Named after John Langdon Down, the first physician to identify the syndrome, Down syndrome is the most frequent genetic cause of mild to moderate mental retardation and associated medical problems and occurs in one out of 800 live births, in all races and economic groups. Down syndrome is a chromosomal disorder caused by an error in cell division that results in the presence of an additional third chromosome 21 or "trisomy 21."
Three genetic variations can cause Down syndrome. In most cases, approximately 92% of the time, Down syndrome is caused by the presence of an extra chromosome 21 in all cells of the individual. In such cases, the extra chromosome originates in the development of either the egg or the sperm. Consequently, when the egg and sperm unite to form the fertilized egg, three--rather than two--chromosomes 21 are present. As the embryo develops, the extra chromosome is repeated in every cell. This condition, in which three copies of chromosome 21 are present in all cells of the individual, is called trisomy 21.
For parents of a child with Down syndrome due to translocation trisomy 21, there may be an increased likelihood of Down syndrome in future pregnancies. This is because one of the two parents may be a balanced carrier of the translocation. The translocation occurs when a piece of chromosome 21 becomes attached to another chromosome, often number 14, during cell division. If the resulting sperm or ovum receives a chromosome 14 (or another chromosome), with a piece of chromosome 21 attached and retains the chromosome 21 that lost a section due to translocation, then the reproductive cells contain the normal or balanced amount of chromosome 21. While there will be no Down syndrome associated characteristics exhibited, the individual who develops from this fertilized egg will be a carrier of Down syndrome. Genetic counseling can be sought to find the origin of the translocation.
However, it is important to realize that not all parents of individuals with translocation trisomy 21 are themselves balanced carriers. In such situations, there is no increased risk for Down syndrome in future pregnancies.
Researchers have extensively studied the defects in chromosome 21 that cause Down syndrome. In 88% of cases, the extra copy of chromosome 21 is derived from the mother. In 8% of the cases, the father provided the extra copy of chromosome 21. In the remaining 2% of the cases, Down syndrome is due to mitotic errors, an error in cell division which occurs after fertilization when the sperm and ovum are joined.
Researchers have established that the likelihood that a reproductive cell will contain an extra copy of chromosome 21 increases dramatically as a woman ages. Therefore, an older mother is more likely than a younger mother to have a baby with Down syndrome. However, of the total population, older mothers have fewer babies; about 75% of babies with Down syndrome are born to younger women because more younger women than older women have babies. Only about nine percent of total pregnancies occur in women 35 years or older each year, but about 25% of babies with Down syndrome are born to women in this age group.
The incidence of Down syndrome rises with increasing maternal age. Many specialists recommend that women who become pregnant at age 35 or older undergo prenatal testing for Down syndrome. The likelihood that a woman under 30 who becomes pregnant will have a baby with Down syndrome is less than 1 in 1,000, but the chance of having a baby with Down syndrome increases to 1 in 400 for women who become pregnant at age 35. The likelihood of Down syndrome continues to increase as a woman ages, so that by age 42, the chance is 1 in 60 that a pregnant woman will have a baby with Down syndrome, and by age 49, the chance is 1 in 12. But using maternal age alone will not detect over 75% of pregnancies that will result in Down syndrome.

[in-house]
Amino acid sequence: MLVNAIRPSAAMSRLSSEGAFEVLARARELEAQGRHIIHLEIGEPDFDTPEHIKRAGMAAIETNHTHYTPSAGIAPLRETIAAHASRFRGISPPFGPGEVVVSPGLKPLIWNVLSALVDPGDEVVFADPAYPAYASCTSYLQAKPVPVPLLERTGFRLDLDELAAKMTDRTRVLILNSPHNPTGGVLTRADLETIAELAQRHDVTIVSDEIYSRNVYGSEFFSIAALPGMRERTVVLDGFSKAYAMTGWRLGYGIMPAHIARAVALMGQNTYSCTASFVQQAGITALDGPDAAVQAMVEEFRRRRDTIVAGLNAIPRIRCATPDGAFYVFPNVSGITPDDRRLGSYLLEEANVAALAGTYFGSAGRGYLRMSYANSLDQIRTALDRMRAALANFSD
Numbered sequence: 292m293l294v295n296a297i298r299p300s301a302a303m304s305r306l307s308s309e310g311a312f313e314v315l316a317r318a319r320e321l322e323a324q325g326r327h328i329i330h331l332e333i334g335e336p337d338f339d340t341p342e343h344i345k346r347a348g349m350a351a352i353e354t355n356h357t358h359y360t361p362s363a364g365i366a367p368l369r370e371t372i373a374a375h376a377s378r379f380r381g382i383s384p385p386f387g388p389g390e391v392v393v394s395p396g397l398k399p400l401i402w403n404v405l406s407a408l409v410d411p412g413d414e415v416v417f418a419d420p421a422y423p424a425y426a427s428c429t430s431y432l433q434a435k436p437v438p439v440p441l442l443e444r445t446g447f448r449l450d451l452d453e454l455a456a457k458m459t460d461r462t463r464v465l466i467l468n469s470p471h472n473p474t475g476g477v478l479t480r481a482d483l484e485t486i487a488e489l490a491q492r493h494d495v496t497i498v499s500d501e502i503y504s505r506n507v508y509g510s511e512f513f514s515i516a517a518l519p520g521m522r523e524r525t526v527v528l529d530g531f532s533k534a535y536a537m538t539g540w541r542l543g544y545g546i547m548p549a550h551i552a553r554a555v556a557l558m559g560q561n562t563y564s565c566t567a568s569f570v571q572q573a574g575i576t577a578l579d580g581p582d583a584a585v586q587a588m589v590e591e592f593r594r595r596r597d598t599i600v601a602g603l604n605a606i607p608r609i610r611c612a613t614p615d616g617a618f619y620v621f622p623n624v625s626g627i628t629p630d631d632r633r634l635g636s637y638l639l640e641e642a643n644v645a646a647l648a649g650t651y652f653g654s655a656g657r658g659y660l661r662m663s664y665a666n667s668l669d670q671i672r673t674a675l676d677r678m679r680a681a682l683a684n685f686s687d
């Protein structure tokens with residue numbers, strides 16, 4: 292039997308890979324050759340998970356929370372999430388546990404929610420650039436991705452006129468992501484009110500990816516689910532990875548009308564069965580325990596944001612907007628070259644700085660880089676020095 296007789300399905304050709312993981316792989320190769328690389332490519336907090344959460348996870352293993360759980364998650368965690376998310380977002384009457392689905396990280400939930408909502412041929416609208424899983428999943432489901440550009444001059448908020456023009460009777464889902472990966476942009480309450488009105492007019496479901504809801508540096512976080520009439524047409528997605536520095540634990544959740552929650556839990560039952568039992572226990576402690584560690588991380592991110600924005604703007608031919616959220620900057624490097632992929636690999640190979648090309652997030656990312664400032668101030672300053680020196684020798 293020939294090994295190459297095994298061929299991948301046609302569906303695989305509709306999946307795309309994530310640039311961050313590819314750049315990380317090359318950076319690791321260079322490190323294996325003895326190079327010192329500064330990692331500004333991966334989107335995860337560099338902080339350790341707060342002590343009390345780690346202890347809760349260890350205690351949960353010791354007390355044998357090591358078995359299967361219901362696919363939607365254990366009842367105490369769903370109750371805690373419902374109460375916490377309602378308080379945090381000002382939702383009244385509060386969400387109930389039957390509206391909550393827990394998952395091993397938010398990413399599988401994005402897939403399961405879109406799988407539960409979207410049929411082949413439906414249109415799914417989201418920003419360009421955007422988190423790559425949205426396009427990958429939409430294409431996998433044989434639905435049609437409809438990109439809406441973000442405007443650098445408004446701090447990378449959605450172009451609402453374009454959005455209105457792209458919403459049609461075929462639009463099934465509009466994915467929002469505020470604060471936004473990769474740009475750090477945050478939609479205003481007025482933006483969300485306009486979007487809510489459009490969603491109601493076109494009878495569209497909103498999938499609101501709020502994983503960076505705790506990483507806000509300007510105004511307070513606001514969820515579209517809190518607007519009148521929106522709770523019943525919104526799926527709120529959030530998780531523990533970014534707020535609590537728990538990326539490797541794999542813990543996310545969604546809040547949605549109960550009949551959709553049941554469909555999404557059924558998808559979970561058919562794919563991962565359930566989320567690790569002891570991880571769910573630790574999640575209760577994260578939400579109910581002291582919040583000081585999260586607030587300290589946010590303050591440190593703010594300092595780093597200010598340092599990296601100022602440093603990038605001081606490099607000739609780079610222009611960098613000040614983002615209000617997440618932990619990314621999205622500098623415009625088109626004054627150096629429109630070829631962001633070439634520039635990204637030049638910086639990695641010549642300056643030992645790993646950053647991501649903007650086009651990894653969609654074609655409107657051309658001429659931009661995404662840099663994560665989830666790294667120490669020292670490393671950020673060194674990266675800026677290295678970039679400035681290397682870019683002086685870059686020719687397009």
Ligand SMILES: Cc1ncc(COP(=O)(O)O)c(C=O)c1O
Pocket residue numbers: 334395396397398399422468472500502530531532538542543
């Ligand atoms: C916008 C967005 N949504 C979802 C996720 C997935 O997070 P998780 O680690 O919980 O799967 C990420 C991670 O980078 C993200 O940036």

Babies with Down syndrome often have hypotonia, or poor muscle tone. Because they have a reduced muscle tone and a protruding tongue, feeding babies with Down syndrome usually takes longer. Mothers breast-feeding infants with Down syndrome should seek advice from an expert on breast feeding to make sure the baby is getting sufficient nutrition.
Hypotonia may affect the muscles of the digestive system, in which case constipation may be a problem. Atlantoaxial instability, a malformation of the upper part of the spine located under the base of the skull, is present in some individuals with Down syndrome. This condition can cause spinal cord compression if it is not treated properly.
The life expectancy for people with Down syndrome has increased substantially. In 1929, the average life span of a person with Down syndrome was nine years. Today, it is common for a person with Down syndrome to live to age fifty and beyond. In addition to living longer, people with Down syndrome are now living fuller, richer lives than ever before as family members and contributors to their community. Many people with Down syndrome form meaningful relationships and eventually marry. Now that people with Down syndrome are living longer, the needs of adults with Down syndrome are receiving greater attention. With assistance from family and caretakers, many adults with Down syndrome have developed the skills required to hold jobs and to live semi-independently.
Premature aging is a characteristic of adults with Down syndrome. In addition, dementia, or memory loss and impaired judgment similar to that occurring in Alzheimer disease patients, may appear in adults with Down syndrome. This condition often occurs when the person is younger than forty years old. Family members and caretakers of an adult with Down syndrome must be prepared to intervene if the individual begins to lose the skills required for independent living.